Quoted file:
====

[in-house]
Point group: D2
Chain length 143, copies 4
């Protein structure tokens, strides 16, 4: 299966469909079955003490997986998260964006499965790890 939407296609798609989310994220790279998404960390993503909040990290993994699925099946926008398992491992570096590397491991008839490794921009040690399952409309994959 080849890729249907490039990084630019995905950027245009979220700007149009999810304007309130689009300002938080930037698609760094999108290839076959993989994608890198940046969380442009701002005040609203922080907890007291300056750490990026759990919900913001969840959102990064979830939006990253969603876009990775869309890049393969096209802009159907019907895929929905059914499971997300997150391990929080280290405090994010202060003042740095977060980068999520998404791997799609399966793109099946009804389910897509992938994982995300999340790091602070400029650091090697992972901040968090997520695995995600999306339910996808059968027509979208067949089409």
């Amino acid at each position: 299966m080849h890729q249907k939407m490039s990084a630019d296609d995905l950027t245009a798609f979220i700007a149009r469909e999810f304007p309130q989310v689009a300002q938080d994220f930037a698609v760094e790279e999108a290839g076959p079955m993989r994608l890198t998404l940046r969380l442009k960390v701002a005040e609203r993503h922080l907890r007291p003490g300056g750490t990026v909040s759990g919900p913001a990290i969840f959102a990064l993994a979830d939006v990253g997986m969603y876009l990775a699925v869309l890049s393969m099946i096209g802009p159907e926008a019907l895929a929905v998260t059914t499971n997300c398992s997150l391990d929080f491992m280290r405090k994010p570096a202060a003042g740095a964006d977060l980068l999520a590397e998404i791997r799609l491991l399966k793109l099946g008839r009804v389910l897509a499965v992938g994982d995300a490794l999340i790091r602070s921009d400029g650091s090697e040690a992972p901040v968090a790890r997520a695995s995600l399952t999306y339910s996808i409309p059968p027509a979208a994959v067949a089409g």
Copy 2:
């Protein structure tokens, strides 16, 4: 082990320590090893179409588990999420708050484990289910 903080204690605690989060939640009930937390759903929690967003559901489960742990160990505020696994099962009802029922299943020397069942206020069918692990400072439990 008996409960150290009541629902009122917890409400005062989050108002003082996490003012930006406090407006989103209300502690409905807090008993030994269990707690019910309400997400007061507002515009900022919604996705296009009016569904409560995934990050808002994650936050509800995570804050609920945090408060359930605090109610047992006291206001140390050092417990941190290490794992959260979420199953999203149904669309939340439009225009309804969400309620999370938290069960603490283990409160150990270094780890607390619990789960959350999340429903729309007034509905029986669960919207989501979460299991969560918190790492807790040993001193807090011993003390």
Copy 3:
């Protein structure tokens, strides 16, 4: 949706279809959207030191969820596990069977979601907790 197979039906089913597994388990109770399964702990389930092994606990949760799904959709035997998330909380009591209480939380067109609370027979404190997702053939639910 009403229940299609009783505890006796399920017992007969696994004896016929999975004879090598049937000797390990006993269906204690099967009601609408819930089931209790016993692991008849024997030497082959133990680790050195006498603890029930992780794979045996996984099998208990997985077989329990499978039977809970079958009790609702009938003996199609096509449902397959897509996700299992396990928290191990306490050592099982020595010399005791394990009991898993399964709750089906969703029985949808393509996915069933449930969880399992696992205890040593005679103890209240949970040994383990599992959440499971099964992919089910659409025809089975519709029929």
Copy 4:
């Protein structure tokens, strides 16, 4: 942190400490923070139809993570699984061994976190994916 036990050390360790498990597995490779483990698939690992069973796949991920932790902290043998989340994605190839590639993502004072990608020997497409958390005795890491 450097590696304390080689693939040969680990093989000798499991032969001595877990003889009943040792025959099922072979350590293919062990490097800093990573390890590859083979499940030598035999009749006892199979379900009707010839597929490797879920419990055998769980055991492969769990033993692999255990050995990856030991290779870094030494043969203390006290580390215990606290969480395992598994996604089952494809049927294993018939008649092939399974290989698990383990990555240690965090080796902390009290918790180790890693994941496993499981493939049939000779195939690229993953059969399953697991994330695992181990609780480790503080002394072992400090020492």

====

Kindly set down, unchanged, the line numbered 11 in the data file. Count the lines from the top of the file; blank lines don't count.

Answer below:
């Protein structure tokens, strides 16, 4: 942190400490923070139809993570699984061994976190994916 036990050390360790498990597995490779483990698939690992069973796949991920932790902290043998989340994605190839590639993502004072990608020997497409958390005795890491 450097590696304390080689693939040969680990093989000798499991032969001595877990003889009943040792025959099922072979350590293919062990490097800093990573390890590859083979499940030598035999009749006892199979379900009707010839597929490797879920419990055998769980055991492969769990033993692999255990050995990856030991290779870094030494043969203390006290580390215990606290969480395992598994996604089952494809049927294993018939008649092939399974290989698990383990990555240690965090080796902390009290918790180790890693994941496993499981493939049939000779195939690229993953059969399953697991994330695992181990609780480790503080002394072992400090020492």